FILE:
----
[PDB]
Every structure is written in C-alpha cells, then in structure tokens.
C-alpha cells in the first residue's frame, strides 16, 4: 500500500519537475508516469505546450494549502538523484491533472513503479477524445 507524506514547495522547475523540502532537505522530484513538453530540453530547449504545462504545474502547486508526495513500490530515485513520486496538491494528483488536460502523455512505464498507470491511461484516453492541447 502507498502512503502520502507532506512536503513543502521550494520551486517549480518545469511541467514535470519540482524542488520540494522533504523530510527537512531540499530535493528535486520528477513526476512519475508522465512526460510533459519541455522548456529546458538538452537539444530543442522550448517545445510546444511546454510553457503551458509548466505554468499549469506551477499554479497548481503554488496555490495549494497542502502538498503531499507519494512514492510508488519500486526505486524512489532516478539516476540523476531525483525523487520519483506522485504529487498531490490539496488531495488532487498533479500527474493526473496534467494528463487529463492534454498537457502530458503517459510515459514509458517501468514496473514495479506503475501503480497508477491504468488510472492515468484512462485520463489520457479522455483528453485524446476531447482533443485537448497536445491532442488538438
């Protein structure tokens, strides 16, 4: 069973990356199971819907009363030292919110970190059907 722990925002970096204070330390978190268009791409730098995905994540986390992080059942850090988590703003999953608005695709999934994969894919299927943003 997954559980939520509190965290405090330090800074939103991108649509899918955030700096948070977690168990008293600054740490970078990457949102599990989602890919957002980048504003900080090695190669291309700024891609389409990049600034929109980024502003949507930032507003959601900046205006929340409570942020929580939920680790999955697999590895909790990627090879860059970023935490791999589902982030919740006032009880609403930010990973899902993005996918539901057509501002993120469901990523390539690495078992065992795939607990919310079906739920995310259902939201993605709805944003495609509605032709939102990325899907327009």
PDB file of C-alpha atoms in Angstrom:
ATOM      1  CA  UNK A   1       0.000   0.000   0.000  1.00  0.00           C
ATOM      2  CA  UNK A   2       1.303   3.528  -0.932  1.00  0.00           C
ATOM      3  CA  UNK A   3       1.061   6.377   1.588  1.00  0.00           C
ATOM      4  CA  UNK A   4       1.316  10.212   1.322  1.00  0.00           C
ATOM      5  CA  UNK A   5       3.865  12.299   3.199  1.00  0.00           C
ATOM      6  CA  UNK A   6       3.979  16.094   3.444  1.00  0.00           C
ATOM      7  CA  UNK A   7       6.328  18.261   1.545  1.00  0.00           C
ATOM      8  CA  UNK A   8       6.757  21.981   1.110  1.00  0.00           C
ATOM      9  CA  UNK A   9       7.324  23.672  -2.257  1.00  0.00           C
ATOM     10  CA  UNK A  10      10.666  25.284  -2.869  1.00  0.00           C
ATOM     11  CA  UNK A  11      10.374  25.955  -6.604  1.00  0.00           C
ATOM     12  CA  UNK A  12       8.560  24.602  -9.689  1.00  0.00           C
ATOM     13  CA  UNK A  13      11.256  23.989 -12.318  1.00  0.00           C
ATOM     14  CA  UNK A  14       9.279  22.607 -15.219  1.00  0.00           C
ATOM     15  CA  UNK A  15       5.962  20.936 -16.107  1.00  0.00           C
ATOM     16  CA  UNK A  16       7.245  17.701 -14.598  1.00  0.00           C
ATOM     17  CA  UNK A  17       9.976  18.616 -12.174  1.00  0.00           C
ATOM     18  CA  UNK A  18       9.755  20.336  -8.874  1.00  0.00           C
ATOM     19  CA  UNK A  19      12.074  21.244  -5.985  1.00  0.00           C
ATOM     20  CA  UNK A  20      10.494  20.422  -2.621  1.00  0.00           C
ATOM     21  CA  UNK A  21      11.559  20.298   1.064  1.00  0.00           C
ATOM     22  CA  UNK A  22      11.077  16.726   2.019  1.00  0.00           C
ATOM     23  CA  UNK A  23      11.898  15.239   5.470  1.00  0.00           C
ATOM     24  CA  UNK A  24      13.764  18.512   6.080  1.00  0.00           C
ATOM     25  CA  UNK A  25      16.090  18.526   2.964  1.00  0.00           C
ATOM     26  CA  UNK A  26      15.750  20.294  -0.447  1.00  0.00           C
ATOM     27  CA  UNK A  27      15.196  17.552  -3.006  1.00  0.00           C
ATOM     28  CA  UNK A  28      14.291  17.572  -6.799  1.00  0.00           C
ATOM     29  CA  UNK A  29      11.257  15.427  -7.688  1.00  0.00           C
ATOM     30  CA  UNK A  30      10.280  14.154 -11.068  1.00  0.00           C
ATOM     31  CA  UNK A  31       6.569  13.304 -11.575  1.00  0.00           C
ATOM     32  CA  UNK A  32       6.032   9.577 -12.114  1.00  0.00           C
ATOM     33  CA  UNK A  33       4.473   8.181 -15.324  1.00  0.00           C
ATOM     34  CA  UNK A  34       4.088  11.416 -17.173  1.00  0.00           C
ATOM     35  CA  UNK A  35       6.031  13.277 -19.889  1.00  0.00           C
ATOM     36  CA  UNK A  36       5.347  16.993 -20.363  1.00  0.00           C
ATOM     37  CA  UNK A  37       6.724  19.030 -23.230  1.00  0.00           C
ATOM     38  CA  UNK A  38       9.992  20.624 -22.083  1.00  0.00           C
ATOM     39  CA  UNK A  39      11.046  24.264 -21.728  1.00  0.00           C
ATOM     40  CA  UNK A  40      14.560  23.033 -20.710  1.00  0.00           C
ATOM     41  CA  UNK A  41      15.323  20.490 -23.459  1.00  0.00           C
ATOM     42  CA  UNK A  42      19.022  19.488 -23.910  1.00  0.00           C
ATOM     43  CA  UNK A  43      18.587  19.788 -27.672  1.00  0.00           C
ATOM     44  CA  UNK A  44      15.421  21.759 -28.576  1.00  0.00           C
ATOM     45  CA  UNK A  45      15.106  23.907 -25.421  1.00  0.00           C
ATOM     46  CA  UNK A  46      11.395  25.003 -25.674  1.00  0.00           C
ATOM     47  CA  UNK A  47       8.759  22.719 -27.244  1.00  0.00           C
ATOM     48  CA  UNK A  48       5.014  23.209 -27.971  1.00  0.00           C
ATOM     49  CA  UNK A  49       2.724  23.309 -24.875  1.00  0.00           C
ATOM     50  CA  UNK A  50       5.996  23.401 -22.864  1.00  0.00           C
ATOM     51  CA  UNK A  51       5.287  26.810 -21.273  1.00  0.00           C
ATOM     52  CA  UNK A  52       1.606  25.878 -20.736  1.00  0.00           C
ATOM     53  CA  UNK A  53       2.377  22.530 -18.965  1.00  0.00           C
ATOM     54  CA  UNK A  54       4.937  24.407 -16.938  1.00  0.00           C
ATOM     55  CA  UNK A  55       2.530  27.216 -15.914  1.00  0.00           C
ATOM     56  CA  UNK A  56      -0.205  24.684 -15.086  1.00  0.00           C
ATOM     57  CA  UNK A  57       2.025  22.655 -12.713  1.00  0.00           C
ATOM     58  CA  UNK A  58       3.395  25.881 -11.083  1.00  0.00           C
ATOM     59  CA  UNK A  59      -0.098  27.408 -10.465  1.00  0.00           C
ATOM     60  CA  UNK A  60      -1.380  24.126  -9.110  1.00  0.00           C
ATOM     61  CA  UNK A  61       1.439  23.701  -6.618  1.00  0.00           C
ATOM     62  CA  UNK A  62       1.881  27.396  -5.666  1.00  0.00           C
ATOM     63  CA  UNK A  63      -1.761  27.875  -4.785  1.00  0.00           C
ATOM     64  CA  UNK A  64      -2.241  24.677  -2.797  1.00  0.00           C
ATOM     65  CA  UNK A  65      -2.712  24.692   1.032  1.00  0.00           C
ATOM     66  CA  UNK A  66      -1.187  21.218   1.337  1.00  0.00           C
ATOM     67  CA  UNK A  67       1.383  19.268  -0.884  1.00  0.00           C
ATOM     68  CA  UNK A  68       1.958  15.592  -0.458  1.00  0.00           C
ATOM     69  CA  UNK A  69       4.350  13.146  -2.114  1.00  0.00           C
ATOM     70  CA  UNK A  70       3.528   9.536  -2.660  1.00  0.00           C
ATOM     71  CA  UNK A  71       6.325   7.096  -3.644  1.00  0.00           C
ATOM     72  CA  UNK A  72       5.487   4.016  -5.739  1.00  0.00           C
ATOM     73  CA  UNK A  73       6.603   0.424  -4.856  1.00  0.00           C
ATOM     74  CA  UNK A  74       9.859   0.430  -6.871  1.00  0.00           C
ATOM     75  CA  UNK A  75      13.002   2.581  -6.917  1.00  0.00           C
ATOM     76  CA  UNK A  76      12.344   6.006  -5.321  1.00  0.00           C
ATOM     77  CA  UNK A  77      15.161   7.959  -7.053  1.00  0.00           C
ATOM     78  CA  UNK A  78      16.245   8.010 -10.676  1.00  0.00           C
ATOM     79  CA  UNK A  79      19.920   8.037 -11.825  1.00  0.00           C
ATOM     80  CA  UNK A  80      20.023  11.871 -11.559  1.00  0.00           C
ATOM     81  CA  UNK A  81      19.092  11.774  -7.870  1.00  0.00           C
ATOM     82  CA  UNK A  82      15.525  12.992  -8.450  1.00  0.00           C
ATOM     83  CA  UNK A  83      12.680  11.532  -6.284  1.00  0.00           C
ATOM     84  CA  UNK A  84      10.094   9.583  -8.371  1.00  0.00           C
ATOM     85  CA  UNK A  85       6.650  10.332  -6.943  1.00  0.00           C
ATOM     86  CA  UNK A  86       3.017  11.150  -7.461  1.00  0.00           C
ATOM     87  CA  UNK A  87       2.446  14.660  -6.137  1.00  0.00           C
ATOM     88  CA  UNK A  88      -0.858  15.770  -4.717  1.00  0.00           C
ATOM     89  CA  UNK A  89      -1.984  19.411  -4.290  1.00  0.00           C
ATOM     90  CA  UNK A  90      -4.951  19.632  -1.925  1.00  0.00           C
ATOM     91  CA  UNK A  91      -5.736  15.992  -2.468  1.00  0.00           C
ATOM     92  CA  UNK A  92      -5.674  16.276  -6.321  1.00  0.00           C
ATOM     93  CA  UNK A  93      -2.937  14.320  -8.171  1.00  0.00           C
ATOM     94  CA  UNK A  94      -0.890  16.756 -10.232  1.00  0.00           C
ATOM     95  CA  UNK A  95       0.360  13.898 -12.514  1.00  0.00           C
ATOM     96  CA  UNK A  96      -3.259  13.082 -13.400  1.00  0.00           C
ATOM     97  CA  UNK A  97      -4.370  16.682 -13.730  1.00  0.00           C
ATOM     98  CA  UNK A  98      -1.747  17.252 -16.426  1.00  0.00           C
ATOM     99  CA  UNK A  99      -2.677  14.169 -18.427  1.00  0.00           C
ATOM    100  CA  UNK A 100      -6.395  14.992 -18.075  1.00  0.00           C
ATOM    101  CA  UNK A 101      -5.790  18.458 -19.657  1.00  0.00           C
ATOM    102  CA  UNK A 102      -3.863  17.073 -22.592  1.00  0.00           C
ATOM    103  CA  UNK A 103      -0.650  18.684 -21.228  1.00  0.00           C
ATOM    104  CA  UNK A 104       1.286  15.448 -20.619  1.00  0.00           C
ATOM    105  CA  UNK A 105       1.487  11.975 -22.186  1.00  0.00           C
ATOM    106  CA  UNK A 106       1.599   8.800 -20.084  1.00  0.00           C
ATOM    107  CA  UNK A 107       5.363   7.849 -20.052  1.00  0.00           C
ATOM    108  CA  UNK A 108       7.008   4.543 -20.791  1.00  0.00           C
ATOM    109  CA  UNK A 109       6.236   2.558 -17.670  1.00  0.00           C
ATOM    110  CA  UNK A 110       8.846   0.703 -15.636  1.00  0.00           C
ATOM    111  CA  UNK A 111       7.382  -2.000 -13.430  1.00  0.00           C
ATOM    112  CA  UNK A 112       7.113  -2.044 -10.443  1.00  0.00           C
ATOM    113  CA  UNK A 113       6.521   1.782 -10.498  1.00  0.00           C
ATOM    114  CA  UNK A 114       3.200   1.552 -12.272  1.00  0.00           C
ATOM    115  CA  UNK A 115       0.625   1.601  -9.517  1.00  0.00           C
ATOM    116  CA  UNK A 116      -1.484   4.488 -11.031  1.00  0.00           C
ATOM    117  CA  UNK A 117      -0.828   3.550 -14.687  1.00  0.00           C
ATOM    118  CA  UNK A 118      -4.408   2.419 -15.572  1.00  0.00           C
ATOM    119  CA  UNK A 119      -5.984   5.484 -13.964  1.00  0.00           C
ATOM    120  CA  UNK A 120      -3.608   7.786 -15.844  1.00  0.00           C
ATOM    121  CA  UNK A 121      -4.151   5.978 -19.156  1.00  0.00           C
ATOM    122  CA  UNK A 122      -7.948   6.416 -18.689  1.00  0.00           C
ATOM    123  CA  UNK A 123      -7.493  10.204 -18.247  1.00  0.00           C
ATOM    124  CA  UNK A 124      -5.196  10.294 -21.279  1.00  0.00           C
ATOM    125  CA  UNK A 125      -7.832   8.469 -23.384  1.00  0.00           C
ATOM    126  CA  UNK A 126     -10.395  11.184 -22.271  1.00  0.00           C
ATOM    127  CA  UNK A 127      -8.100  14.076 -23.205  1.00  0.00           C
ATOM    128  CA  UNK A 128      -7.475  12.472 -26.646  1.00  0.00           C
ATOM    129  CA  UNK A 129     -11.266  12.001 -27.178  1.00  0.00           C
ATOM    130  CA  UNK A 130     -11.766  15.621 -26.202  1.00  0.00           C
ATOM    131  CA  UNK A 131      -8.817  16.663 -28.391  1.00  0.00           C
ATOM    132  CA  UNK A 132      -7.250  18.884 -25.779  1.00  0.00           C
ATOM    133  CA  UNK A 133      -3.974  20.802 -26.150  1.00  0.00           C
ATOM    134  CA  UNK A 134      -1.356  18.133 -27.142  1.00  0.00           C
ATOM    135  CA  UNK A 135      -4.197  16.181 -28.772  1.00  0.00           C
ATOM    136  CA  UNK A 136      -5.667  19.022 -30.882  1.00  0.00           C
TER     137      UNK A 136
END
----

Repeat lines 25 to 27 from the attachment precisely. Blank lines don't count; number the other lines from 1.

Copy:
ATOM     20  CA  UNK A  20      10.494  20.422  -2.621  1.00  0.00           C
ATOM     21  CA  UNK A  21      11.559  20.298   1.064  1.00  0.00           C
ATOM     22  CA  UNK A  22      11.077  16.726   2.019  1.00  0.00           C